People are constantly judging everybody. That’s what you have all these issues. If people respected people, they may want to put a cup on the head. Whatever! Respect them no matter how they look, if you did that, you would not have harassment or discrimination, or anything like that.

Jacobsen: If we take a context of mis-statements that can be taken as excuses for blaming the victim, or if we can take the context of professional standards of what can or cannot be shown in a professional work environment, what would be a proper way in presentations, in lectures, in lessons to the community of workers to separate those two? So, there is greater clarity on this issue.

Rivera: One thing is good taste. If you are a pervert, one thing is good taste [Laughing].

Jacobsen: [Laughing].

Rivera: It is extreme [Laughing]. It is funny. People need to separate if they are exposed [Laughing]. It is unprofessional. If I go to the bank, I don’t want to see it. It is bad. But it does not mean that it gives me the right to treat them badly.

We have to teach the culture that this is not in good taste. It is not necessary. But if it happens, I still love you. I still think that you’re a good person and have value, and still deserve to be treated right if it happens.

Good taste always and thinking the workplace is for the workplace. If I go to the court, I would not go to show my body. If I go to the beach, then there are places. It is not that I cover me or not. It is picking the right places, good taste [Laughing].

Jacobsen: What would be an appropriate North American, or American, way to enact this? For example, a concrete case of an American business environment. In that business environment, there is a separation and a presentation to the community of workers and managers of appropriate behaviour and dress in terms of professional presentation, and sexual harassment or sexual assault.

Rivera: So, in certain ways, this is a mess [Laughing]. In North America, it depends on who you are talking about. If you see a white girl in Missouri with shorts showing everything, no one thinks anything. But if a black girl, people will think things.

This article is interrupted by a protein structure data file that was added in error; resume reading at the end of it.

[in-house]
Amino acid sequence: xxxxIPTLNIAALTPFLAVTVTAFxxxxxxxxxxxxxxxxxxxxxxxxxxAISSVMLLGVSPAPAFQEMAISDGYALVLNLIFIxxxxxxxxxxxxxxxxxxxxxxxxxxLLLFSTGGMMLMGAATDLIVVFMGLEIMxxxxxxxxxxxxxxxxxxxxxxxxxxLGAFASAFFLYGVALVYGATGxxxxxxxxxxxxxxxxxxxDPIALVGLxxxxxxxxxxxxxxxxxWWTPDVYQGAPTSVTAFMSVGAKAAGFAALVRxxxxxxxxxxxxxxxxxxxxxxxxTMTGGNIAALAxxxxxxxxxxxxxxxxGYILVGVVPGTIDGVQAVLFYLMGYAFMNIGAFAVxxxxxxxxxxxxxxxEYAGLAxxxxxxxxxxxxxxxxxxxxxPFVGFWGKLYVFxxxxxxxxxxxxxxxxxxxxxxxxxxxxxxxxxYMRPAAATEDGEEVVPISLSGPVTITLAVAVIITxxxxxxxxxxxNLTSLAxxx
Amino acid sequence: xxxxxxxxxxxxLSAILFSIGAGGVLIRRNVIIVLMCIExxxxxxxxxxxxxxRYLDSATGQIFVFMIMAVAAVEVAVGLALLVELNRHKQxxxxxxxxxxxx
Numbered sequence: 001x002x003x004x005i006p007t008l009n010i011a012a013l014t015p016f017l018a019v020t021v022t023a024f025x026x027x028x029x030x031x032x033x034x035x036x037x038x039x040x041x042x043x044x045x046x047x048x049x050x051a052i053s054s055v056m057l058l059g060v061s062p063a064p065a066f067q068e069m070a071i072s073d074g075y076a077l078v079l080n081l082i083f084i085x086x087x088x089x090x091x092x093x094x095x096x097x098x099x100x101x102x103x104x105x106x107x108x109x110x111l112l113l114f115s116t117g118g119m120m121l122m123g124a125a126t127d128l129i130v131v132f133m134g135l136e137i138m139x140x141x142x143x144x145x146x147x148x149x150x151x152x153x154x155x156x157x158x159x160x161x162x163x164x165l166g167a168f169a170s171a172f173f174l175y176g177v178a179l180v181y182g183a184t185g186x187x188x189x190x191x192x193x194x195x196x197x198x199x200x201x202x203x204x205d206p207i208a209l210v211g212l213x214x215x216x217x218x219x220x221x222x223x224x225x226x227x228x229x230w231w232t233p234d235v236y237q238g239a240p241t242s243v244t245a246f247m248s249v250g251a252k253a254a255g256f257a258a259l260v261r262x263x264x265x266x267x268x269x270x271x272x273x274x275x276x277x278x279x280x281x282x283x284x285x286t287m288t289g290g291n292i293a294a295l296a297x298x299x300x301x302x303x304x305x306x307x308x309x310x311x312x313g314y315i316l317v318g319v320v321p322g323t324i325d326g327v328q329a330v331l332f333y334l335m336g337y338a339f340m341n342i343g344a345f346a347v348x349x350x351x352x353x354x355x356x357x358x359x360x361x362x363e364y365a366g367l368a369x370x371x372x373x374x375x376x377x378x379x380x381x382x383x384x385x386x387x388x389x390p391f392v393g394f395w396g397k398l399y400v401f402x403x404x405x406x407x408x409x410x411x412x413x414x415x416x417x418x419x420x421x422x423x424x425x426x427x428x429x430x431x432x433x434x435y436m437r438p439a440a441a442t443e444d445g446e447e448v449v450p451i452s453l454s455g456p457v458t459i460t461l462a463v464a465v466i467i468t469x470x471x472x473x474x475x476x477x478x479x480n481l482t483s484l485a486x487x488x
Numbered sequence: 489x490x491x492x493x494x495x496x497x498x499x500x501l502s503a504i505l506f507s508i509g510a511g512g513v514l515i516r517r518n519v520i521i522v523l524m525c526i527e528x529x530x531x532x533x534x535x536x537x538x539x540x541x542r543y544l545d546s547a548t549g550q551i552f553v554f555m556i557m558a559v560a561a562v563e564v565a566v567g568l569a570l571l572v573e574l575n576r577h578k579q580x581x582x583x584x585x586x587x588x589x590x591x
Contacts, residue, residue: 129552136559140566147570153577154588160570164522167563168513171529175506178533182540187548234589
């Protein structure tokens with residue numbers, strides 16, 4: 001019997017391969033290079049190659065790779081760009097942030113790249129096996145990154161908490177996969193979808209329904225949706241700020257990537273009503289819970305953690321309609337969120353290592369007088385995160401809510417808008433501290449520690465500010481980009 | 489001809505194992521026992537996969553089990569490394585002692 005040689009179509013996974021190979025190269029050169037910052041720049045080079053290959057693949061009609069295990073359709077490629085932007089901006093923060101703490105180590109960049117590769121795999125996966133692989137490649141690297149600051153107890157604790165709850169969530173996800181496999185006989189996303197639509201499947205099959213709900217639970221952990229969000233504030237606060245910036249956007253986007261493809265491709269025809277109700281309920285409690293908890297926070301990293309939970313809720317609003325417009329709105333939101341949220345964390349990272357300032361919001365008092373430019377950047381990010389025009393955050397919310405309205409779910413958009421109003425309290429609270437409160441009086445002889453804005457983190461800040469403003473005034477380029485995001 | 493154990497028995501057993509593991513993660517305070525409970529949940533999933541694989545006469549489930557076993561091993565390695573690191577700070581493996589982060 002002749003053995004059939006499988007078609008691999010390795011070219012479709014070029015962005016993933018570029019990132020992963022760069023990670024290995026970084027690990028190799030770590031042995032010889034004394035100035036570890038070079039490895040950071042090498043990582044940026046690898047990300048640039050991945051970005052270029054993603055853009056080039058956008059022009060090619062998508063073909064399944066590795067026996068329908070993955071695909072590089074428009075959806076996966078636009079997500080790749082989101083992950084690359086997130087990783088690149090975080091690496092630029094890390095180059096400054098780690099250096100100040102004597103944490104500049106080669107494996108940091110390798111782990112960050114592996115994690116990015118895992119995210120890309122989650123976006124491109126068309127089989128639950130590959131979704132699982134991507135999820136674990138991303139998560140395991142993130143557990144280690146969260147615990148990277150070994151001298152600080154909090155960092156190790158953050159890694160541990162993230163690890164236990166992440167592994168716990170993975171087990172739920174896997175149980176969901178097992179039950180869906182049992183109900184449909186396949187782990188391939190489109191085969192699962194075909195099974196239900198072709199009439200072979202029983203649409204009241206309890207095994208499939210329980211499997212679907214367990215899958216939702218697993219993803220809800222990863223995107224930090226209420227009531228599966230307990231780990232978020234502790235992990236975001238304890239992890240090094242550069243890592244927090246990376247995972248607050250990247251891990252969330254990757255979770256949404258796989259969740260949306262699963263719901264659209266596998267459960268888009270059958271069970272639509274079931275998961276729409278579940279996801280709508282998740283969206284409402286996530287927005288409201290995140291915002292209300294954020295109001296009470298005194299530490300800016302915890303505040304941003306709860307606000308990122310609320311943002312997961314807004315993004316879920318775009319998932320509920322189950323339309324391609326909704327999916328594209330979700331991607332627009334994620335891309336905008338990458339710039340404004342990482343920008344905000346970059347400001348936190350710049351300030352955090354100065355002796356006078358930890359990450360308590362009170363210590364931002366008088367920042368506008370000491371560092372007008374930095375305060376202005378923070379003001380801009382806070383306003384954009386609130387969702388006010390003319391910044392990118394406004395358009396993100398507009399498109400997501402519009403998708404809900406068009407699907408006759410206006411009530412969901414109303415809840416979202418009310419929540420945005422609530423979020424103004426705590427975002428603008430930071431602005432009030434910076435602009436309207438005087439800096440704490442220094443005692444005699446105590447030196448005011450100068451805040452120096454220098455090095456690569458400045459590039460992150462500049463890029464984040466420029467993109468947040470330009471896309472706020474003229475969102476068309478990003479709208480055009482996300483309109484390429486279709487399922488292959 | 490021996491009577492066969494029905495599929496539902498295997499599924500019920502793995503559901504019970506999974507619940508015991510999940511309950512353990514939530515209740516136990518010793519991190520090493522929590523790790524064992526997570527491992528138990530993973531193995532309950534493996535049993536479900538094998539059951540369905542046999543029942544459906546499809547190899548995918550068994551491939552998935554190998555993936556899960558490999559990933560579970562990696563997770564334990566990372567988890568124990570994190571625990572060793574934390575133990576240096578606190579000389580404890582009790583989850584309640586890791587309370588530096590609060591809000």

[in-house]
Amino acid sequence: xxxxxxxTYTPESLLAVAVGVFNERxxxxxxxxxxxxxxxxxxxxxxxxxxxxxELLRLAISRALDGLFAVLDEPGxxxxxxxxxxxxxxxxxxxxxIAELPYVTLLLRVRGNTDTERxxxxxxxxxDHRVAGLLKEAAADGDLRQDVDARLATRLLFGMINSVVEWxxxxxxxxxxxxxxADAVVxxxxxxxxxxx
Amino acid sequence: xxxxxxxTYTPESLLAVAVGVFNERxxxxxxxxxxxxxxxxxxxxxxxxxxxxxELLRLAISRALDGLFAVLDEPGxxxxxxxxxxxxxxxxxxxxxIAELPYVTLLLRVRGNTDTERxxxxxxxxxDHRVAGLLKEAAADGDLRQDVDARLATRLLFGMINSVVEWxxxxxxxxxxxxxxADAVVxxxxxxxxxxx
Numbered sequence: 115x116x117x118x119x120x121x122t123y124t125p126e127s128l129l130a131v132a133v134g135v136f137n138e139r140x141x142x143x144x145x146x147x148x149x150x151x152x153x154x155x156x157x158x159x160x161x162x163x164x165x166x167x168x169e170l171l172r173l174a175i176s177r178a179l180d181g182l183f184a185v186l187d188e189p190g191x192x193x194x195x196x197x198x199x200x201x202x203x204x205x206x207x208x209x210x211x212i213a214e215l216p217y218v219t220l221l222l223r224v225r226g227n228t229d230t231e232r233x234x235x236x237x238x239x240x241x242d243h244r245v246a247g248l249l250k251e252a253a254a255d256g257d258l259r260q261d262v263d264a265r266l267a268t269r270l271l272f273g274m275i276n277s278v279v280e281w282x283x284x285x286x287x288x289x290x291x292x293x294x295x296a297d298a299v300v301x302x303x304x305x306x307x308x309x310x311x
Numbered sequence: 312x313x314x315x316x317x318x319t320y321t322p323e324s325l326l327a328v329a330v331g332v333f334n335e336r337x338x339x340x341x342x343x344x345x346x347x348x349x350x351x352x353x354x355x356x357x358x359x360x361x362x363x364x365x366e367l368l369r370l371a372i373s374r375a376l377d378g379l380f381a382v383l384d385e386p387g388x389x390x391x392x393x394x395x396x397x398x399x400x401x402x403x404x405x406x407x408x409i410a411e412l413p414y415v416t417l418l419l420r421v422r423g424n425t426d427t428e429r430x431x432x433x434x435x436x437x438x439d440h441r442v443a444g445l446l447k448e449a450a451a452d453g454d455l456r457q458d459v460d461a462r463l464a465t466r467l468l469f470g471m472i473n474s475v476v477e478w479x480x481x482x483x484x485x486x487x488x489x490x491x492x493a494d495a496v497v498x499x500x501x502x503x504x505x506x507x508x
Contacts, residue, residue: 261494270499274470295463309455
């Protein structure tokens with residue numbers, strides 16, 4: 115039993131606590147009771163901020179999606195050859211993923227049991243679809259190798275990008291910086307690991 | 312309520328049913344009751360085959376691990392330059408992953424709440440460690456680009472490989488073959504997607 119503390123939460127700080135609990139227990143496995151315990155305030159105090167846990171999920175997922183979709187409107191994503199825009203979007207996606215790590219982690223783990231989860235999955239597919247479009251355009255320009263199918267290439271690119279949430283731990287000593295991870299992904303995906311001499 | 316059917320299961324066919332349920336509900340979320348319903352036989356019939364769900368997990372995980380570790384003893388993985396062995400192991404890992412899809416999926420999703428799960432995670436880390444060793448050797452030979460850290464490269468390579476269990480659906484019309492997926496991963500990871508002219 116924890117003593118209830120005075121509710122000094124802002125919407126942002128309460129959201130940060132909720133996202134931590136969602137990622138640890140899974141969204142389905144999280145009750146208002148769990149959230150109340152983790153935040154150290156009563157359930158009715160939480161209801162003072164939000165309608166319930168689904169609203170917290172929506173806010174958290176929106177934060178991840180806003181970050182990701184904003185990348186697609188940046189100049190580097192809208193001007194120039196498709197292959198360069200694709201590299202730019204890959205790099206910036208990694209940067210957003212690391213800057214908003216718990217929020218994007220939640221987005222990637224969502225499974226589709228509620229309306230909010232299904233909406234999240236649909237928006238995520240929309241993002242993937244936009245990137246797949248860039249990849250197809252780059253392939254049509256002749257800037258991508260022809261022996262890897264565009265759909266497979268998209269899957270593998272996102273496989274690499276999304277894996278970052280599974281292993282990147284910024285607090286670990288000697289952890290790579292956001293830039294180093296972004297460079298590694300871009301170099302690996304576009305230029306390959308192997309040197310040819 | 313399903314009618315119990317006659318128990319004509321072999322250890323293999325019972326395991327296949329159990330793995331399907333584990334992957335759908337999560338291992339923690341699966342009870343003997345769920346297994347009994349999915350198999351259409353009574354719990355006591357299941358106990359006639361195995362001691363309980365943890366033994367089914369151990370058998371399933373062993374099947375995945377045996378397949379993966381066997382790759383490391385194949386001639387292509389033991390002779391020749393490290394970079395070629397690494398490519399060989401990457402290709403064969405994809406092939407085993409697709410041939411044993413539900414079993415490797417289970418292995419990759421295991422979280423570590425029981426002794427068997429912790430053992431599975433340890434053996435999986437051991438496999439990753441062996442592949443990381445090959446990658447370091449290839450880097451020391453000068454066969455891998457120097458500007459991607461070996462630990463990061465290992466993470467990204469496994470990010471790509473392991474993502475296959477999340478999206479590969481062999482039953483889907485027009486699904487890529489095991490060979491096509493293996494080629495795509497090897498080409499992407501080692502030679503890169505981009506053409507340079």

It is funny. I see this everywhere. You can see skinny girl, blonde, with shorts showing half the butt. No one says anything. If a Latina, “Oh my gosh, she is showing everything,” or if a black girl, “Oh my gosh, she does not have good taste.”

It depends on whoever comes. They judge based on the skin colour, here in America.

Jacobsen: How is this problem in business culture reflected in general culture?

Rivera: In the work environment, I have been working for the government for the past 5 years and for private companies for the past 8 or 9 years. Government, you are surrounded by old people. People who are probably less educated, believe it or not.

Then in our private company, people have to fight for their job. You have to be super prepared. In private companies, you can see that there are more liberals, if I can say that word, or more open or easygoing.

It depends on the case. You can see in the work environment; people question more. I wear makeup every day. They say, “Why are you so fancy?” I say, “Fancy? This is my culture. You put on makeup for work.”

So, when you work in a private company, everyone wants to look good. Your image depends. Because it demands that you look good, in shape, always clean. They are more open to everyone doing whatever they want.

In America, in a private company, people are more obsessed with what is proper and improper. I remember months ago. One lady asked me, “Why do you wear a dress here?” Is it illegal to wear a dress here? A long, grandma dress  [Laughing].

Is it necessary to go in slacks or pants all the time? No! You can see how they respect some things. In general, it looks good. I don’t care. I look at your face, not your clothes. Most people here, old people here, are more obsessed with their own concept of what is a good thing.

What is the right way to dress for work? Pretty much, I guess, people are obsessed about other people’s lives.

Jacobsen: Does some of this confusion on the topic of sexual harassment, sexual assault, the professionalization of the workplace and dress, reflect an almost “when in Rome” situation?

When the subculture, whether Missouri or Puerto Rico, or a work culture with older people like the government, or younger people like a music studio, it can be different.

Where the amount of skin showed, what skin showed, what coloir of dress, the flashiness of the dress and the makeup, and so on, is seen as varying degrees of flaunting an inappropriate or an appropriate manner?

Rivera: Yes, it is the whole thing. Who has it? Where they have it? That’s the whole thing.

Jacobsen: This is like when we were kids learning about the “who, what, where, when, and why.”

Rivera: Yes, probably.